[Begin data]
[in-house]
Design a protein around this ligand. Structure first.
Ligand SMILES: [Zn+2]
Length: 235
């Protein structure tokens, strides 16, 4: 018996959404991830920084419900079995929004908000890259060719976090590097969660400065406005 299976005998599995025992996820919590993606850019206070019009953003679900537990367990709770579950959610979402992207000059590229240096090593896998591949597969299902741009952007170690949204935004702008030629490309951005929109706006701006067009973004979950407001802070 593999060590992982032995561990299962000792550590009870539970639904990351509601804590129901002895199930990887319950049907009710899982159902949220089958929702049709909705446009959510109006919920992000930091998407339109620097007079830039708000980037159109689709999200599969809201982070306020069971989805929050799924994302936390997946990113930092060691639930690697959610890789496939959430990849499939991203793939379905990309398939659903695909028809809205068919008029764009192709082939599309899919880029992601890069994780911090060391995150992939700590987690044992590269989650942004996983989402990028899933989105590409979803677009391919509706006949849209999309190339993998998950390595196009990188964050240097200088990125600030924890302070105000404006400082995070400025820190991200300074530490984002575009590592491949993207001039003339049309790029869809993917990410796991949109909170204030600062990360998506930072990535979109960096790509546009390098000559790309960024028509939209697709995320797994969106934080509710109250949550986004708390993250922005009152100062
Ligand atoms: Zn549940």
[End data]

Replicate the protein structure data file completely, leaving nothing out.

[in-house]
Design a protein around this ligand. Structure first.
Ligand SMILES: [Zn+2]
Length: 235
């Protein structure tokens, strides 16, 4: 018996959404991830920084419900079995929004908000890259060719976090590097969660400065406005 299976005998599995025992996820919590993606850019206070019009953003679900537990367990709770579950959610979402992207000059590229240096090593896998591949597969299902741009952007170690949204935004702008030629490309951005929109706006701006067009973004979950407001802070 593999060590992982032995561990299962000792550590009870539970639904990351509601804590129901002895199930990887319950049907009710899982159902949220089958929702049709909705446009959510109006919920992000930091998407339109620097007079830039708000980037159109689709999200599969809201982070306020069971989805929050799924994302936390997946990113930092060691639930690697959610890789496939959430990849499939991203793939379905990309398939659903695909028809809205068919008029764009192709082939599309899919880029992601890069994780911090060391995150992939700590987690044992590269989650942004996983989402990028899933989105590409979803677009391919509706006949849209999309190339993998998950390595196009990188964050240097200088990125600030924890302070105000404006400082995070400025820190991200300074530490984002575009590592491949993207001039003339049309790029869809993917990410796991949109909170204030600062990360998506930072990535979109960096790509546009390098000559790309960024028509939209697709995320797994969106934080509710109250949550986004708390993250922005009152100062
Ligand atoms: Zn549940």